The deadline for comments on EPA’s proposed changes to Butte’s Superfund cleanup is fast approaching. MTPR's Nora Saks went in the field with two of Butte-Silver Bow’s Superfund staff to find out more about the county’s take on the plan, their role, and what stormwater’s got to do with it.
I’m at the bottom of the Butte Hill, under an overpass to the interstate, standing next to what looks suspiciously like a pond. Willows sprout with neon green buds. Ducks paddle in circles. But Eric Hassler is distracted by a mysterious wake in the water.
Hassler is the Superfund operations manager for Butte-Silver Bow. And while this area resembles a natural wetland, to Hassler and his crew, it’s known as "CB8."
“Catch Basin 8” is connected to a shallow cement forebay and a 48 inch culvert jutting out of the ground. This series of man-made pipes, pools and channels is part of an extensive system designed to capture and hold stormwater running off the steep Butte hill. The passive retention allows sediment, like the pile of sand and grit in front of us, to drop out, before it reaches the first mile of Silver Bow Creek that runs through town.
"And this is sediment that is most likely to have elevated metals," says county Superfund Coordinator Jon Sesso. "We’re talking about the whole suite really, but we’re looking for copper and zinc. Those are the two that we have the most trouble meeting standard down on the end of the creek."
Sesso says contaminated stormwater is the main driver behind the changes EPA seeks to make to the 2006 Superfund cleanup plan for the Butte Hill and creek corridor. This “proposed plan” is the backbone of the long awaited final Superfund deal currently under negotiation by EPA, the state of Montana, the county, and Atlantic Richfield.
Stormwater is also the reason Butte’s local government has a seat at the negotiating table. Under Superfund law, since the municipal stormwater system transports historic mining pollution, the county is responsible for cleaning it up.
"Our job is to make sure there's fewer and fewer and fewer sediments, and metals in those sediments, from reaching Silver Bow Creek," Sesso says.
In 2006, the county cut a deal with Atlantic Richfield: Butte-Silver Bow does the stormwater cleanup work and maintenance, forever, and the company picks up the tab.
But Sesso says that while Butte’s local government wants the best possible Superfund cleanup, it needs to mesh with their other responsibilities, like complying with federal clean water laws. If it doesn’t, the county could be held liable for fines or work to improve water quality, both of which could end up costing local taxpayers a lot of money.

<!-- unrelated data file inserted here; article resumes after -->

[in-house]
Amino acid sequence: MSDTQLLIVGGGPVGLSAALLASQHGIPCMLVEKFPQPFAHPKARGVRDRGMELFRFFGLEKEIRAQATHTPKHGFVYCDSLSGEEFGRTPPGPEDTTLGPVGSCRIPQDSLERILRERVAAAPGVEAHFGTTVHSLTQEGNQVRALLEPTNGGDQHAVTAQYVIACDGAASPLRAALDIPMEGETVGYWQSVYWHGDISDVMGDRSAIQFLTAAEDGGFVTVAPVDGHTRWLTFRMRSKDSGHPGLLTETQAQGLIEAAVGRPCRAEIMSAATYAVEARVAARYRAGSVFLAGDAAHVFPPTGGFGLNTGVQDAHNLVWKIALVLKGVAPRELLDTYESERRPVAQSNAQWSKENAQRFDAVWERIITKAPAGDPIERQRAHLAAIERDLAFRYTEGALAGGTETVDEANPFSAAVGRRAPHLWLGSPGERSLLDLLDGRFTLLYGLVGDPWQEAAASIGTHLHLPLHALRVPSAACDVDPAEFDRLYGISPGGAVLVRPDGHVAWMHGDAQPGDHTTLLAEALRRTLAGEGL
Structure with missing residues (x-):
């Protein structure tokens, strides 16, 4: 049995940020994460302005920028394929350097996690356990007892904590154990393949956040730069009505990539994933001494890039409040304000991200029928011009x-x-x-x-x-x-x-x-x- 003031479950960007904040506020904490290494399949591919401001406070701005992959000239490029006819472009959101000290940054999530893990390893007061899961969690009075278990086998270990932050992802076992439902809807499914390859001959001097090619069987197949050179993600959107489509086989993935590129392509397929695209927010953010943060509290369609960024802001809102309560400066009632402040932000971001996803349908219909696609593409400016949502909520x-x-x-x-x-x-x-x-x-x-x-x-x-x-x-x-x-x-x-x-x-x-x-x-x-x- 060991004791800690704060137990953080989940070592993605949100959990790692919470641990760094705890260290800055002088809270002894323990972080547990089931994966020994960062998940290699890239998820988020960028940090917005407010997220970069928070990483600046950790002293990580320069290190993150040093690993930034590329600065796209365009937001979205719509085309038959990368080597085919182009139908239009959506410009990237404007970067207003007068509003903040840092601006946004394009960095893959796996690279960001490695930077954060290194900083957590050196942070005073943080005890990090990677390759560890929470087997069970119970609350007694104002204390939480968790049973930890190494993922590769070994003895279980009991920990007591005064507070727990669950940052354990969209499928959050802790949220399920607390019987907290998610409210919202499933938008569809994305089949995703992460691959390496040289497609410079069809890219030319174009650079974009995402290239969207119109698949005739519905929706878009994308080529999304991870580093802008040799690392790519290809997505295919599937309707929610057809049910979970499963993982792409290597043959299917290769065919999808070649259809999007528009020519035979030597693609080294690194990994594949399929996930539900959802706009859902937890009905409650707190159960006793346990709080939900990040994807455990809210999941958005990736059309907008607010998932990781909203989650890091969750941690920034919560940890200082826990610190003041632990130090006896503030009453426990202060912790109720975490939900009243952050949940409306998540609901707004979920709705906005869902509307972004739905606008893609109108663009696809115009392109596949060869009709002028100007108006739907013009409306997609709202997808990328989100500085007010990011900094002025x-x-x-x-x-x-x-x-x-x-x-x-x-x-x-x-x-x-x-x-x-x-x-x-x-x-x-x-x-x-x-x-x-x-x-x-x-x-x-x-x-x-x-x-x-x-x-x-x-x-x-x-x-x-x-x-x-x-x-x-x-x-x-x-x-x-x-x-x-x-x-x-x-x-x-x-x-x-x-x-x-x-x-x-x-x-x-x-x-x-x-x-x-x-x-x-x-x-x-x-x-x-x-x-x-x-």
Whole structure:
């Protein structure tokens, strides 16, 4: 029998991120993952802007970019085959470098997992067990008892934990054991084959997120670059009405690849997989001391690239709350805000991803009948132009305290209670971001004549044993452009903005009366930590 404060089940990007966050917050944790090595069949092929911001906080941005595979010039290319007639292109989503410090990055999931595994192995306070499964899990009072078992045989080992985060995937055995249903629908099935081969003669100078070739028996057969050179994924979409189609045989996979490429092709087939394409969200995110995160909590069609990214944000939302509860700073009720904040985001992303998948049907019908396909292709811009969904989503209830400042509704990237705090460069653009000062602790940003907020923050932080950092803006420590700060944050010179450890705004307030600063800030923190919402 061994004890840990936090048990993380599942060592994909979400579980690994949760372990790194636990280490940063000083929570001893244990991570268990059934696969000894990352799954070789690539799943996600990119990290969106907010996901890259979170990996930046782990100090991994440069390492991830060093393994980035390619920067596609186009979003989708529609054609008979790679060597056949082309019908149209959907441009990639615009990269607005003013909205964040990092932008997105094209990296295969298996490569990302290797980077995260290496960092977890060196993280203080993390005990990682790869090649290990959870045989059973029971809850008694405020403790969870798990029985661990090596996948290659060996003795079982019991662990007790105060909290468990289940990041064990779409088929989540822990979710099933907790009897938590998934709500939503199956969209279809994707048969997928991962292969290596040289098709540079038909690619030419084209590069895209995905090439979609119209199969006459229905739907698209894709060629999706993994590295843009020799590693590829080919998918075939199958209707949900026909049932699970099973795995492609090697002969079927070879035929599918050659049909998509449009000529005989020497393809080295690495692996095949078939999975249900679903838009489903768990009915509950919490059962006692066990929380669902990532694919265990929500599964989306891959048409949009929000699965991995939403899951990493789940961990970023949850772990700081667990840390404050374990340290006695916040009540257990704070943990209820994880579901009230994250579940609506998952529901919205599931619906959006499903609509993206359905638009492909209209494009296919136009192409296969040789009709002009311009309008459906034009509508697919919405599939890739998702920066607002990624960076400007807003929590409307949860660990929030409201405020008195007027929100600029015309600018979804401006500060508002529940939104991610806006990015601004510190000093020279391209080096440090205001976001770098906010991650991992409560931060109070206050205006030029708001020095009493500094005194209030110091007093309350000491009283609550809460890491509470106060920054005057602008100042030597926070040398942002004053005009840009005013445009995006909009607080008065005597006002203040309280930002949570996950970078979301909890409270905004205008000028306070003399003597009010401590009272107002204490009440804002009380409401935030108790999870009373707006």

"Environmental regulations just get more stringent. We gotta sorta try to see the future on what’s gonna happen under state and federal law."
Sesso says over the last 20 plus years, the county has come a long way in controlling stormwater pollution, but they’re not done yet. So far, they’ve capped about 600 acres of what used to be barren mine waste on the Richest Hill on Earth, to prevent water from coming in contact with contaminated soils and indigenous metals. They’ve installed thousands of feet of curb and gutter to divert stormwater, and around three dozen different devices to treat it.
"Now we’ve got this system of sed basins and catch bays in place, and we’ve eliminated 90, 93% of the sediments reaching the creek, and we’re striving for more. So we have not ever compromised water quality or a safe remedy. And in this proposed plan that’s ahead of us, we think we’re actually going the extra mile to get more sediment."
Overall, the county supports EPA’s new plan, which outlines $100 million dollars of additional cleanup work. County Superfund Operations Manager Eric Hassler says that includes expanding and completing Butte’s stormwater capture and treatment system.
"So we'll be able to eliminate those other drainages that are currently not treated, if you will, and put them into passive treatments like we're standing at today."
The plan also proposes to put vegetative caps on about 60 more acres on the Hill that never got touched and fix caps that are failing. Again, Jon Sesso.